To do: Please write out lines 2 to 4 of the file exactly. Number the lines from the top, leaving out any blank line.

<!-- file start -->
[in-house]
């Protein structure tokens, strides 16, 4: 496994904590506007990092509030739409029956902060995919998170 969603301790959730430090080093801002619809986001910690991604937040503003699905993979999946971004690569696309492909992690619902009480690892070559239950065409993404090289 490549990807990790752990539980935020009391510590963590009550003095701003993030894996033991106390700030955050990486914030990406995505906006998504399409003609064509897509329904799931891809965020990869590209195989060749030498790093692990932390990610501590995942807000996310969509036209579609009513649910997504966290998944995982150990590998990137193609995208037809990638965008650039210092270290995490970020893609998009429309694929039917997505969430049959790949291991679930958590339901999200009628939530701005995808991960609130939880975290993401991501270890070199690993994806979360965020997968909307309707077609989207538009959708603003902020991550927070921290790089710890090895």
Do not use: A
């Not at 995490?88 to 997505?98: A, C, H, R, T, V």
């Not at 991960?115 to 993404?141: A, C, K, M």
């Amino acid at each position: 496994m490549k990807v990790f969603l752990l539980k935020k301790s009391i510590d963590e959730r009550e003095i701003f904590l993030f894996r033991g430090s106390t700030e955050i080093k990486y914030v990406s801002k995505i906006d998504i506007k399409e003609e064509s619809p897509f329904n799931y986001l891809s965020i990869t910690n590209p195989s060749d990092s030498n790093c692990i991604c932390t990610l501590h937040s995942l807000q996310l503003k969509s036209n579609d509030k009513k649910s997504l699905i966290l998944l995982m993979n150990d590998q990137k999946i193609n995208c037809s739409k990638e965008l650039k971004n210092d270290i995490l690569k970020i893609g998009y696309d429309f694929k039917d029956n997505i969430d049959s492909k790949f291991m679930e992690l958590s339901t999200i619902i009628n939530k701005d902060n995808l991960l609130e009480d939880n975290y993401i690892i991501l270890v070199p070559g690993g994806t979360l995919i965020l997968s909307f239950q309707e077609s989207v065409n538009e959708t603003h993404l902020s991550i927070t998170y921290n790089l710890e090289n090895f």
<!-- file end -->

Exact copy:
């Protein structure tokens, strides 16, 4: 496994904590506007990092509030739409029956902060995919998170 969603301790959730430090080093801002619809986001910690991604937040503003699905993979999946971004690569696309492909992690619902009480690892070559239950065409993404090289 490549990807990790752990539980935020009391510590963590009550003095701003993030894996033991106390700030955050990486914030990406995505906006998504399409003609064509897509329904799931891809965020990869590209195989060749030498790093692990932390990610501590995942807000996310969509036209579609009513649910997504966290998944995982150990590998990137193609995208037809990638965008650039210092270290995490970020893609998009429309694929039917997505969430049959790949291991679930958590339901999200009628939530701005995808991960609130939880975290993401991501270890070199690993994806979360965020997968909307309707077609989207538009959708603003902020991550927070921290790089710890090895």
Do not use: A
């Not at 995490?88 to 997505?98: A, C, H, R, T, V």